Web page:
sheenaghpugh: (Brain)
My latest collection Long-Haul Travellers has been shortlisted for the Roland Mathias Prize and yes, I'm quite pleased (at the very least you get a day out at the BBC's expense in Brecon, which is a nice town).

But the reason for the post is that it triggered a memory of Roland. He was a very eminent Welsh poet, prose writer and critic and towards the end of his life, I judged a poetry competition with him and Aeronwy Thomas, daughter of Dylan. We were quite a bit younger than him, and he had once been a headmaster and couldn't help still sounding like one, so the experience was educational but slightly intimidating for all his great courtesy; it felt like swapping opinions with some sage of the mountains. And he could do something I have never seen before or since. I've judged a lot of comps and people always ask "are they really anonymous - don't you recognise the writer's style even with the name missing?" And the answer is no, in most cases - I can't and nor can most judges I know. But this comp was specifically for Welsh writers in English (they called themselves Anglo-Welsh then but that's frowned on now) and Roland did, in fact, go through about 20 anonymous MSS and name each writer, from his own encyclopaedic knowledge of that writing scene ("this is X, he uses a campanalogical term here and his father was a bell-ringer, and this is Y, you can tell by her line breaks"). Never come across anyone else with that skill.
sheenaghpugh: (Do somethin' else!)
Let's get one thing clear for a start. There is nothing intrinsically wrong with deciding not to award a competition prize because in the judge's view nothing was of a high enough standard. (It happens all the time in eisteddfodau.)

I was, however, a bit surprised when the Willesden Herald Short Story prize announced that among 800 entries they hadn't been able to find anything that the final judge (Zadie Smith) fancied, because though I don't write stories myself I know a lot of people who do; I know some of the entrants to that comp well enough that I've read their stories, and frankly they are good enough. They may not be "great" as Smith complains in her own blog post, but if judges are looking for Chekhov every time they are setting themselves up for disappointment. If it comes to that, Smith ain't Chekhov either, by a very long chalk. I can believe, possibly, that they didn't have enough quality stories to put in the now-cancelled comp anthology; I find it hard to believe there was nothing good enough to be a winner.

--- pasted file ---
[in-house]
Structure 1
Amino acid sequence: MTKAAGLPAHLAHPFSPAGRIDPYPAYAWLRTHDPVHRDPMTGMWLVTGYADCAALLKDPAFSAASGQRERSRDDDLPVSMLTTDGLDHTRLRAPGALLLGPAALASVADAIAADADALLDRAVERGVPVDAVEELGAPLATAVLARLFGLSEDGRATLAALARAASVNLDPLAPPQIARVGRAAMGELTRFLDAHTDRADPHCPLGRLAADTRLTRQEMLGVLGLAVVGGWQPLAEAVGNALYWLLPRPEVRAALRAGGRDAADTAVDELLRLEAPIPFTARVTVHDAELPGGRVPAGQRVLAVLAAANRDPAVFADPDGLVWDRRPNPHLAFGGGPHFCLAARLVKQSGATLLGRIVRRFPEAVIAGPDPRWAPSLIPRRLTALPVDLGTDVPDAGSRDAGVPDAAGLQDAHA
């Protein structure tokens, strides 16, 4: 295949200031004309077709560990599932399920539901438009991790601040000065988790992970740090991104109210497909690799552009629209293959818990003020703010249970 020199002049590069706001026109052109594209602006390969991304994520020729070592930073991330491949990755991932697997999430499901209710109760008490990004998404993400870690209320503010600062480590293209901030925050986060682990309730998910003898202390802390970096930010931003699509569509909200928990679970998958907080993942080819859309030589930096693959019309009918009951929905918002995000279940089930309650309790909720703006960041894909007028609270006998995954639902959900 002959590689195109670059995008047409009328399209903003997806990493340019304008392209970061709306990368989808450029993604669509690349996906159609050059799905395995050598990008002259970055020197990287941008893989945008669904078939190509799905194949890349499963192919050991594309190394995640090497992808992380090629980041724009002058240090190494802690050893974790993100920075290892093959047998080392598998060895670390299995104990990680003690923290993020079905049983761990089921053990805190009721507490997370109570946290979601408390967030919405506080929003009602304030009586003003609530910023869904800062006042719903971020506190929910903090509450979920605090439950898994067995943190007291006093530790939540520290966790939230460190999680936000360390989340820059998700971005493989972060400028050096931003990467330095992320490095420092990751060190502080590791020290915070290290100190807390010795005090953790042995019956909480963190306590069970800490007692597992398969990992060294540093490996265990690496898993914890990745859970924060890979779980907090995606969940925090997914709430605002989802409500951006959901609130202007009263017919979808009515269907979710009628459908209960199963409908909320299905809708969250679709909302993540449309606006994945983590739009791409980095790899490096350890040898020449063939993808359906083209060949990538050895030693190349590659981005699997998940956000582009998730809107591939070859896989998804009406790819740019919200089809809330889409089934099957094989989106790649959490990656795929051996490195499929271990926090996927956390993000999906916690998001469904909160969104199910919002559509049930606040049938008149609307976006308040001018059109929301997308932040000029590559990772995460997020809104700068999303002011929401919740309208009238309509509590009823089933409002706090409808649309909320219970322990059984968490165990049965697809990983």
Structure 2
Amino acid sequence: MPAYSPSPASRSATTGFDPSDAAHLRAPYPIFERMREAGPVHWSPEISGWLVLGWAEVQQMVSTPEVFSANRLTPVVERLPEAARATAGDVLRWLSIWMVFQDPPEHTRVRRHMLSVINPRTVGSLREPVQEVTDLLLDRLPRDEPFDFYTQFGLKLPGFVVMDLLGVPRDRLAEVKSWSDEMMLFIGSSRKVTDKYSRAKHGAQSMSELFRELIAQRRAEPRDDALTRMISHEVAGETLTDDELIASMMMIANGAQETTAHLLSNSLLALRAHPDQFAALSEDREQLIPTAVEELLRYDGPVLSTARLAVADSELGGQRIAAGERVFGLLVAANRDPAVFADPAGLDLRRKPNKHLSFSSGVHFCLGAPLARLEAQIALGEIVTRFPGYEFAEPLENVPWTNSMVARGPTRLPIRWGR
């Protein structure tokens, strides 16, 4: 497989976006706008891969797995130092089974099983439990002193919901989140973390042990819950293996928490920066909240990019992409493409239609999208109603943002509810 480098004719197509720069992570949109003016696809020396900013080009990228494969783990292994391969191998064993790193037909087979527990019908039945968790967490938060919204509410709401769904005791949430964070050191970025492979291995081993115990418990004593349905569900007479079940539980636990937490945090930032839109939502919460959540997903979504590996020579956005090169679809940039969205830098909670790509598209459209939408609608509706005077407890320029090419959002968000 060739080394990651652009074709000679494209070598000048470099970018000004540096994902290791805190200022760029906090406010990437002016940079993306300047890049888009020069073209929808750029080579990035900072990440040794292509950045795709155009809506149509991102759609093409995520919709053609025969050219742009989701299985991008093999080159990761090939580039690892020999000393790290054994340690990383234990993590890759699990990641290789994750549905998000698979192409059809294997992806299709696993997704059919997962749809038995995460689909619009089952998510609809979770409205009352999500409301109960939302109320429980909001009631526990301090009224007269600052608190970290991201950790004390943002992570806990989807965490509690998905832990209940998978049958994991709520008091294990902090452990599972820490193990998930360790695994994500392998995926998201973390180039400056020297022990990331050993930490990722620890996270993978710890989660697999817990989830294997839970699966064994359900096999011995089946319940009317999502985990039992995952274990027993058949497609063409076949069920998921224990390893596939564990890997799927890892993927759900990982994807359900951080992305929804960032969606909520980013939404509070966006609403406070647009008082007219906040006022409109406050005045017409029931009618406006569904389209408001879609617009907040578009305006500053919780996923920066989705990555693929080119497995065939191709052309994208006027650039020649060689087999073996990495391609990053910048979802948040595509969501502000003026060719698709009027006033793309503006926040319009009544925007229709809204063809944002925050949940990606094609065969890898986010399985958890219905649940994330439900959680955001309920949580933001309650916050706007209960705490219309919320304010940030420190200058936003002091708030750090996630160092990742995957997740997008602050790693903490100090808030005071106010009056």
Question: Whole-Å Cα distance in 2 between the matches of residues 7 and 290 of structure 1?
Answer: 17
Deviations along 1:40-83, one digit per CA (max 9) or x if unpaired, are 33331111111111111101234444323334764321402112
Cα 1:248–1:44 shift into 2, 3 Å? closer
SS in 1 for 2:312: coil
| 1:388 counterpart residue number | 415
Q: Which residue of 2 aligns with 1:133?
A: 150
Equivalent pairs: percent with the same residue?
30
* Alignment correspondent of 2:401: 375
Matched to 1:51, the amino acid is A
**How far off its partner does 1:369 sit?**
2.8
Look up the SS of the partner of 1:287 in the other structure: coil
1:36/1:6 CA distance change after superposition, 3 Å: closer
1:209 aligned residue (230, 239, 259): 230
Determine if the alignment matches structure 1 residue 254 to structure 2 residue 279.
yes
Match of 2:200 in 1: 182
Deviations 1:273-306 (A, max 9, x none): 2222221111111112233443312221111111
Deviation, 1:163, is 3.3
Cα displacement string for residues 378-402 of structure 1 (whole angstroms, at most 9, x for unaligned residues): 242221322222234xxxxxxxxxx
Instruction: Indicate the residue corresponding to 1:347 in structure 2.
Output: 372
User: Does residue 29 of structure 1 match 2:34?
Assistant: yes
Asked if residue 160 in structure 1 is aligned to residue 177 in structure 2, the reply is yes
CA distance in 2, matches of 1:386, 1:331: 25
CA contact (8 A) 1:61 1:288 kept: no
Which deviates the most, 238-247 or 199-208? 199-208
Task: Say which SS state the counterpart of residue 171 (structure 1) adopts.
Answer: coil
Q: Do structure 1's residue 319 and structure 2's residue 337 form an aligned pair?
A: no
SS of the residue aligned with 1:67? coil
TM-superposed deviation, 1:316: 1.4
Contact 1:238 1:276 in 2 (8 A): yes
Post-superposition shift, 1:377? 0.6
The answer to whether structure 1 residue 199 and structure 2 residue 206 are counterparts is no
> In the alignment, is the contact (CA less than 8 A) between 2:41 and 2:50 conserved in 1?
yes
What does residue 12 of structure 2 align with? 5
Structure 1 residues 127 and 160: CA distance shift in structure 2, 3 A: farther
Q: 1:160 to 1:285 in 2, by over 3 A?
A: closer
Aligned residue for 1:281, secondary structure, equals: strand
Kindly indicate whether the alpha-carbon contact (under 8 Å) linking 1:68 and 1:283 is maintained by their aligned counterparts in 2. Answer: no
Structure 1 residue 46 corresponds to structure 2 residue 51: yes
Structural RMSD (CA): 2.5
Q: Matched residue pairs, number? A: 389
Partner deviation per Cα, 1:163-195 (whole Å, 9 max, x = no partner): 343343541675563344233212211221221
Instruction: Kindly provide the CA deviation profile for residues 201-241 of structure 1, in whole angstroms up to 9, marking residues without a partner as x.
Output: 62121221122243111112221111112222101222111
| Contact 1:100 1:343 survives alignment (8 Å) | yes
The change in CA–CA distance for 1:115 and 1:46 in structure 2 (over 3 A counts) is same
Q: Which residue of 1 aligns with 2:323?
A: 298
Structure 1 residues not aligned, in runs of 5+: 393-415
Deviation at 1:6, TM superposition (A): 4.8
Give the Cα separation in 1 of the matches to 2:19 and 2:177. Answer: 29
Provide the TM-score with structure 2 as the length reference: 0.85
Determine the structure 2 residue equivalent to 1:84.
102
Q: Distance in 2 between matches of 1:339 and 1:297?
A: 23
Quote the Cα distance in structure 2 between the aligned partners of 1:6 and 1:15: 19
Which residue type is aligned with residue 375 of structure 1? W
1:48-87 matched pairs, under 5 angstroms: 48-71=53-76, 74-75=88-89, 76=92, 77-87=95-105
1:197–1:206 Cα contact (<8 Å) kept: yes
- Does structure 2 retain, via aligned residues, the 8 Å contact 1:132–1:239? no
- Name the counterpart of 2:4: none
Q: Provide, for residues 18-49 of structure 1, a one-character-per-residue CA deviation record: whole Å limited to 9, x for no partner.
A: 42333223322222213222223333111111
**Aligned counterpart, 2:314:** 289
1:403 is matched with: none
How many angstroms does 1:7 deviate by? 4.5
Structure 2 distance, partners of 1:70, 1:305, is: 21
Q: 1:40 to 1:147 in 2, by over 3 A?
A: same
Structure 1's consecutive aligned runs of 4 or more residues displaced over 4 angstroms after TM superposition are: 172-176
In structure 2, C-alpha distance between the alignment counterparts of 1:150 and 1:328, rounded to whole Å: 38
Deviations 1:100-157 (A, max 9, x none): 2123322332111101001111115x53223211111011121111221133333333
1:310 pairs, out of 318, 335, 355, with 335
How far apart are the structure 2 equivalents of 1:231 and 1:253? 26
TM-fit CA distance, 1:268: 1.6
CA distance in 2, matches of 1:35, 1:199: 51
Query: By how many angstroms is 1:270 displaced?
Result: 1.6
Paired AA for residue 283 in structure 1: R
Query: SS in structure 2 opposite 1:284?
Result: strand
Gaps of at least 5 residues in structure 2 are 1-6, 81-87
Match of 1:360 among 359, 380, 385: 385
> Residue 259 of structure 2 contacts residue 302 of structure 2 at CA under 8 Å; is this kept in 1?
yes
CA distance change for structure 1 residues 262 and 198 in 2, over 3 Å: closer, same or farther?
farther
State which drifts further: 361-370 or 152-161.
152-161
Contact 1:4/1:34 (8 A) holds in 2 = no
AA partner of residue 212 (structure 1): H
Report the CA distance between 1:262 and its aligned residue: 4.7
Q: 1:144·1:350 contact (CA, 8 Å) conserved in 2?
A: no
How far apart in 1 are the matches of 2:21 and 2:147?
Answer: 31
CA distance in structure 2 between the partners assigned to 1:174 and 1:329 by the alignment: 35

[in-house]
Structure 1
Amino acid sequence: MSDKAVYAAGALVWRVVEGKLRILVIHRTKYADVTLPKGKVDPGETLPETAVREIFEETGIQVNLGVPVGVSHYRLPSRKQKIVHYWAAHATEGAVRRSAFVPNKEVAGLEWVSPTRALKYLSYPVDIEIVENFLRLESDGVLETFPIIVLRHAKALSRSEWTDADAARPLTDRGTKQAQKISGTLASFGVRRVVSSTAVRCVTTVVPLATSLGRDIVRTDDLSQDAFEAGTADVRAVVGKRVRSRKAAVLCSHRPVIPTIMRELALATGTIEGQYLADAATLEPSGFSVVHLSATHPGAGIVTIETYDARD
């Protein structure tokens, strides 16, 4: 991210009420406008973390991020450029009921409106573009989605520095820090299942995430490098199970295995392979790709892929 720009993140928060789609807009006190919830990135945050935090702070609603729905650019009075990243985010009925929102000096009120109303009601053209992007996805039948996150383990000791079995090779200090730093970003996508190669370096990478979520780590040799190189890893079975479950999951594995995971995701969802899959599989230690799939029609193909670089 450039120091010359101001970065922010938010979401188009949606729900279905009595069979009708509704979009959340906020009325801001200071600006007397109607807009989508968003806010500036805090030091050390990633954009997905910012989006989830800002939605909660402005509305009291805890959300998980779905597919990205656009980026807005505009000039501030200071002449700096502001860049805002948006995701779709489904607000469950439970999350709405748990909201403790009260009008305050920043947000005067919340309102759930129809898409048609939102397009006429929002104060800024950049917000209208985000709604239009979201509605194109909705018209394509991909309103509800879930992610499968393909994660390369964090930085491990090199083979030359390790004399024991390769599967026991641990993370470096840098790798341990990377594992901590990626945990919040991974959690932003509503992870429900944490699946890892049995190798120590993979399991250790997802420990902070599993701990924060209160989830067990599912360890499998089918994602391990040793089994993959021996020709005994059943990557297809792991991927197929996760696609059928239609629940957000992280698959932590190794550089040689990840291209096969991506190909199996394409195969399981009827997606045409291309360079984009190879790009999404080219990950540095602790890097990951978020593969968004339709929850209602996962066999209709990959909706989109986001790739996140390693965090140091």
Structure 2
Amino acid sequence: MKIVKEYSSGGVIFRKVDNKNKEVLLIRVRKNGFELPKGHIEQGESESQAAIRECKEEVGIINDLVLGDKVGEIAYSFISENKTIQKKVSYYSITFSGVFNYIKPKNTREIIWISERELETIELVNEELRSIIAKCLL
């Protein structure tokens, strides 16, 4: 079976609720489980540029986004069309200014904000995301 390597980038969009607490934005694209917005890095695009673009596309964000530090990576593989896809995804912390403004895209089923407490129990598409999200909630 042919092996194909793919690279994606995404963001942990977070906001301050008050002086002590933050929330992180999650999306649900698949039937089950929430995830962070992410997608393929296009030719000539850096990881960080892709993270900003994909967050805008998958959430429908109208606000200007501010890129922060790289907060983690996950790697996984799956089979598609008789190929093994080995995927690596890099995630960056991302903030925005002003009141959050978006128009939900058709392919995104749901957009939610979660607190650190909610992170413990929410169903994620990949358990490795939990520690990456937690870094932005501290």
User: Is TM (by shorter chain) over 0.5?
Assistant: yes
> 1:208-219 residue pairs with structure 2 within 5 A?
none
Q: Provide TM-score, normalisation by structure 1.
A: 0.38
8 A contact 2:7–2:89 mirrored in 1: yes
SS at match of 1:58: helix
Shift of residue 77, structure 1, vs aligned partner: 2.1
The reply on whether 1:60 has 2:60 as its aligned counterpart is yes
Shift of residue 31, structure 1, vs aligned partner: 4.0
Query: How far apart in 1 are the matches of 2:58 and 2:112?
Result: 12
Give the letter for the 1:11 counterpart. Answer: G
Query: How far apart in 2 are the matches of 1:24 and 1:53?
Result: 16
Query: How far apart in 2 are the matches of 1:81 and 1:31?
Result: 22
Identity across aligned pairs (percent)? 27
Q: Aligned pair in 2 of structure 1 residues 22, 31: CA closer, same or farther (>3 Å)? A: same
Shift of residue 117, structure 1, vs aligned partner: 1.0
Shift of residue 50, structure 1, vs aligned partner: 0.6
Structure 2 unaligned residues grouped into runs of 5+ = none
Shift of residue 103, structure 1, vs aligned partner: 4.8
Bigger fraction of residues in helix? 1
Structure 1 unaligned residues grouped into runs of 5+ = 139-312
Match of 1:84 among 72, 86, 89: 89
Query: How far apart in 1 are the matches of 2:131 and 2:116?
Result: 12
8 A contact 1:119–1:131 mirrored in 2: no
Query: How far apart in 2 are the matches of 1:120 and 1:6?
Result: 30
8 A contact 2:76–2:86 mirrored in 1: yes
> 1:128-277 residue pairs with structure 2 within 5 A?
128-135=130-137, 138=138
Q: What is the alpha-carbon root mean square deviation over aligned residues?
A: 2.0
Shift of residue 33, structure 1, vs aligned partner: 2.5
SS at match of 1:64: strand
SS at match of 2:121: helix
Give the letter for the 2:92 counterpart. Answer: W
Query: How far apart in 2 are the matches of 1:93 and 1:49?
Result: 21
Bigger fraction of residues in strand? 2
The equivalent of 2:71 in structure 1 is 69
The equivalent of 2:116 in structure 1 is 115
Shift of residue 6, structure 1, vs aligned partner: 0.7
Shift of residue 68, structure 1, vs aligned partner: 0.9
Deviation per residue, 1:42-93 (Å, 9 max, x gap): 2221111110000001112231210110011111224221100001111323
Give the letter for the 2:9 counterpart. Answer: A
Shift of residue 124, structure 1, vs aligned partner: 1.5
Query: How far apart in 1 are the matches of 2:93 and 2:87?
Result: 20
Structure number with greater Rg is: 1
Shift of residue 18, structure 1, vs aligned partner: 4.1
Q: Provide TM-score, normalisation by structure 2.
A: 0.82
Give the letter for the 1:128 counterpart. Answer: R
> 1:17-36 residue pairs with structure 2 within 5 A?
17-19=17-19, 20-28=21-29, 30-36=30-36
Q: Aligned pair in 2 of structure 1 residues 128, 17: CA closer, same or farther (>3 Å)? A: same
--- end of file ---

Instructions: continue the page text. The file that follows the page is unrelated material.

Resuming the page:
However, having read the way the sift judges went about creating their shortlist, I find it very easy to believe the list eventually sent to Smith was anodyne and that the best stuff had been sifted out before it even got that far. I have been worried for a long time about the practice, in both poetry and story comps, of "sifting" so that only a small proportion of entries actually goes to the named judge. It is at least more honest if the sift judges are also named; many times they aren't. We are assured, for instance, that the Bridport comp sift is done by "qualified people", but who are they, and how qualified? Members of reading groups? Teachers? Neither will necessarily appreciate anything a bit innovative or left-field. I still cringe when I recall a reader's report to a publisher by a teacher, on some short stories: "These are not what I call proper stories with a good punch or twist at the end". Of course I went argh! because the first thing we beg our students to do at uni is NOT write stories with a twist at the end. God, you'd think Joyce and the concept of the epiphany had never happened!